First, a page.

As the Minister says, it seems that the clauses relating to gift aid have been transposed: the language and the drafting have been taken from other Acts and put into the Bill. There might be good reasons for putting all that in the Bill in the same way as in the legislation on gift aid, although I am still struggling to understand why some of the powers have been given here. I would genuinely like to hear from the Minister about the issues around income tax, corporation tax and so on, and how that fits with what was supposed to be a straightforward Bill to give top-up payments of £1,250 to small charitable organisations.
I will not prolong the discussion on this clause, but we may wish to return to it at a later stage if we are concerned about the powers that have been taken. I hear what the Minister has said about people being able to comment on the draft regulations and I agree that it is right that they should return under the affirmative procedure. On that basis, I do not suggest that the clause should not stand part of the Bill, but we may wish to return to it at a later stage.
‘(b) or a charity merges with another charity,’.
This amendment seeks to clarify that merged charities will also be covered by Clause 12.
Cathy Jamieson: The Minister has a lot to say about the new clauses, so I will keep my remarks on our amendment short. There is a lot of substance and the Minister will want to give more explanation to his new clauses than can be provided in 50 or so words in the explanatory notes. Some of the representations that were made to us about changing charities’ legal form, including those from the Law Society of Scotland, sought, through our amendments, to ensure that provisions are adequate for all the circumstances in which a charity might opt to change its legal form. In the evidence sessions, the Law Society of Scotland noted that, while it believes that it is sufficient in respect of incorporation of charities, specific reference needs to be made in the case of mergers. Our amendment is simply to ensure that there will be a debate on this; it is simple and straightforward and may have been overtaken, to some extent, by the Government new clauses.
It is worth noting why this is important. Several charities may seek to merge in the current climate. There are many circumstances in which charities already share backroom organisation or project work; they may now decide that a merger would be appropriate. It is important that we do not disadvantage charities that have done that. Many people will be aware of organisations such as Help the Aged and Age Concern, Poppyscotland and the Royal British Legion, as well as several small, local charities, which have come together to work in this way. There are many circumstances in which that makes sense and we do not want charities to feel that taking that step, in order to be more efficient and work together, would cause them problems under the Bill.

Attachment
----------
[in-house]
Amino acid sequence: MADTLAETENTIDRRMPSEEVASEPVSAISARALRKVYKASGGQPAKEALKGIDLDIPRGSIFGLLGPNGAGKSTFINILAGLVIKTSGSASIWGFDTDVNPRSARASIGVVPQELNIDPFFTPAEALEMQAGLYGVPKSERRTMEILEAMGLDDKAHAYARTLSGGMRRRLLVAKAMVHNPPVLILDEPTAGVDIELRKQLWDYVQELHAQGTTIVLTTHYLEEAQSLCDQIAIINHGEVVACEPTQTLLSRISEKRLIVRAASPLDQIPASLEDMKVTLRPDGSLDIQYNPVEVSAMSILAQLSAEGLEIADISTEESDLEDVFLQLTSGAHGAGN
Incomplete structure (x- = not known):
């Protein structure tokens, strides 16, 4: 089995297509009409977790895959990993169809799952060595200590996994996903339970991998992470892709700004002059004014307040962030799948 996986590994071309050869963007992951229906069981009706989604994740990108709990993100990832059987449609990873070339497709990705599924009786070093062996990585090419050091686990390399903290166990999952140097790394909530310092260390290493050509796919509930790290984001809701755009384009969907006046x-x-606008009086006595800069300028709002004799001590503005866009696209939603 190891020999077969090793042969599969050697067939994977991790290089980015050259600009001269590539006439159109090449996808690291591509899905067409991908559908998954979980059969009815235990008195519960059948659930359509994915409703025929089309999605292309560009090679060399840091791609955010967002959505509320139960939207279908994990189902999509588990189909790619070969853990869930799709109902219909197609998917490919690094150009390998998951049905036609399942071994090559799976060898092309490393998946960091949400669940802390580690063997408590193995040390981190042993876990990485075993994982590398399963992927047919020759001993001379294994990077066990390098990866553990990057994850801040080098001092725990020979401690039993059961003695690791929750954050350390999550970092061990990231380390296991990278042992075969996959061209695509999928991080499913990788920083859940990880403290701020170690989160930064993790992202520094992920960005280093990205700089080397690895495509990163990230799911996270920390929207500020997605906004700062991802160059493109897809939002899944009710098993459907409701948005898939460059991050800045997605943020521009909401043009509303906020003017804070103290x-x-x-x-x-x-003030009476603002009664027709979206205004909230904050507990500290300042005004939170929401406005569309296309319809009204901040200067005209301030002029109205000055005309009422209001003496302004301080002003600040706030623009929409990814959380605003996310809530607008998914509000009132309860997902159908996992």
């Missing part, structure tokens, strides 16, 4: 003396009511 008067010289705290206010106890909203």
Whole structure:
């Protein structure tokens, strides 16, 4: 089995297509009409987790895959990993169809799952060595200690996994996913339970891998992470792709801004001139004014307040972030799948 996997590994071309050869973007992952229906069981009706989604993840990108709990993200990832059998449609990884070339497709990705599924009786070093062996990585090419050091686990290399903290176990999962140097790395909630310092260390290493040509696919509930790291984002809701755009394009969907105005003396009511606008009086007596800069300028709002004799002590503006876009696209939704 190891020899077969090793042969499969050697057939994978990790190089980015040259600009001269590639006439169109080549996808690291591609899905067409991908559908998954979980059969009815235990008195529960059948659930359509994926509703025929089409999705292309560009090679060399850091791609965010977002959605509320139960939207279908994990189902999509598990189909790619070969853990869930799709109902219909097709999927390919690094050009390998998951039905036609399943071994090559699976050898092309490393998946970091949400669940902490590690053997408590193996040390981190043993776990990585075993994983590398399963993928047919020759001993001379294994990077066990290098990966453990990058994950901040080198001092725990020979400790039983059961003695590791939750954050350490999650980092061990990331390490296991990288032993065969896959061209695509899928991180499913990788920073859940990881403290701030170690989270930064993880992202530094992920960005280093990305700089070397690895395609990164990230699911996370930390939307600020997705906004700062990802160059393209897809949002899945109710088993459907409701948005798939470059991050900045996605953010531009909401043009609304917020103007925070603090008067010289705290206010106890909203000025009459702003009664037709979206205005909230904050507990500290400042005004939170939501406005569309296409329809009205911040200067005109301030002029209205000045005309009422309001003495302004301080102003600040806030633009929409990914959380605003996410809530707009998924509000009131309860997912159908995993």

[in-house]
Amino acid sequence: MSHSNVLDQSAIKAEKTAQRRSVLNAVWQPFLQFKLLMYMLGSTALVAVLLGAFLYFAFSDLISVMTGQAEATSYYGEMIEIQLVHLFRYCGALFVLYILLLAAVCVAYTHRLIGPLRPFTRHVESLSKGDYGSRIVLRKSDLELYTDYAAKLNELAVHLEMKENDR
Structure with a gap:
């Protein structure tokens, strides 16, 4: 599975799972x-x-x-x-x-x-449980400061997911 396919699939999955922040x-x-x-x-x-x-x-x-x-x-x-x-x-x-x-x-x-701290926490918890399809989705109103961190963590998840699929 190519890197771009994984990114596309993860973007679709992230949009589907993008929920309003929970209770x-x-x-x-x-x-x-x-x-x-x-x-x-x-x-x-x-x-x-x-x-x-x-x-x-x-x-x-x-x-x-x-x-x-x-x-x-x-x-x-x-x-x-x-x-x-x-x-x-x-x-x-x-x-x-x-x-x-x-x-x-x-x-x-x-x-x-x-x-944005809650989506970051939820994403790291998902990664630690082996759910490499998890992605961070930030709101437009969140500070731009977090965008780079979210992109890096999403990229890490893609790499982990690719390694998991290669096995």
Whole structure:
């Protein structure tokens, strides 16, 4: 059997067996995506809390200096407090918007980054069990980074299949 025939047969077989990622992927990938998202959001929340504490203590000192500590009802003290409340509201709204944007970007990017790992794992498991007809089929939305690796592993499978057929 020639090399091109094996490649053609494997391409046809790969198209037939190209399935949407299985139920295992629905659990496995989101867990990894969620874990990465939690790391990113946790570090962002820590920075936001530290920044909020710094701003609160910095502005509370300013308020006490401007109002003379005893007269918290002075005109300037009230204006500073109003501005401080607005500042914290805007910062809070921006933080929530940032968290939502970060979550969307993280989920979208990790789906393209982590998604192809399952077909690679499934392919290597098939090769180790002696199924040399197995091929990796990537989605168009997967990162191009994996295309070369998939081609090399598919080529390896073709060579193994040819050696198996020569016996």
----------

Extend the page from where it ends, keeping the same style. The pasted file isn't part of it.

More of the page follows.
Sajid Javid: I thank the hon. Lady. I recognise that the purpose of the Opposition’s amendment is to allow charities that merge to continue to benefit from the scheme. Clause 12 allows charities that change legal form to inherit the gift aid record from their predecessor charity; for example, if a charitable trust incorporates or a charitable company becomes a charitable incorporated organisation, it can continue to claim under the scheme if it was able to do so before. However, the clause does not apply to charities that merge, an issue raised during the public reading stage and by the hon. Lady on
We propose to remove clause 12 and replace it with two new clauses. New clause 4 would change how we treat a charity that changes legal form; for example, where a charity changes from being a charitable trust to a charitable company, it will be able to retain its gift aid history for eligibility purposes in the new scheme. The new clause differs from clause 12 in that it no longer requires the original charity to dissolve before the new charity can become eligible. We have been told by stakeholders that it can take some time to dissolve an old charity, even when the new charity is essentially the only one that is operating. We did not want to prevent new charities from claiming under the scheme while the legal details of the changes were being finalised, as that would unfairly disadvantage the new charities. Therefore, the new version of clause 12 sets out that, once the new charity has taken on the old charity’s activities, it can benefit from the old charity’s compliance history. To prevent abuse of that rule, we will require the new charity to have substantially the same purposes as the old charity. We will also require more than half of the charity’s managers to remain in place after the change of form.
The new charity must apply to HMRC before this provision can apply. Where the conditions are met, HMRC will certify that, in its opinion, the new charity was created with a view to taking over the old charity’s activities and that its purposes are substantially the same.
Cathy Jamieson: I thank the Minister for acknowledging that I raised the issue on Second Reading. I look forward to hearing further about the proposed changes. The Minister mentioned the 50% of managers criteria. Charities often merge or change when people move on to other posts. Perhaps there is an opportunity for streamlining in other ways. Has he given any thought to those circumstances?
Returning to the certification requirement, where HMRC provides certification, the new charity can use the gift aid claims made by the old charity to establish its eligibility. That means that the new charity would not need to wait for three years after changing its legal form before it could claim for a top-up under the scheme. Some of the detail of how the rule will operate will be set out in regulations. HMRC will ensure that guidance is available to all charities before the commencement of the scheme.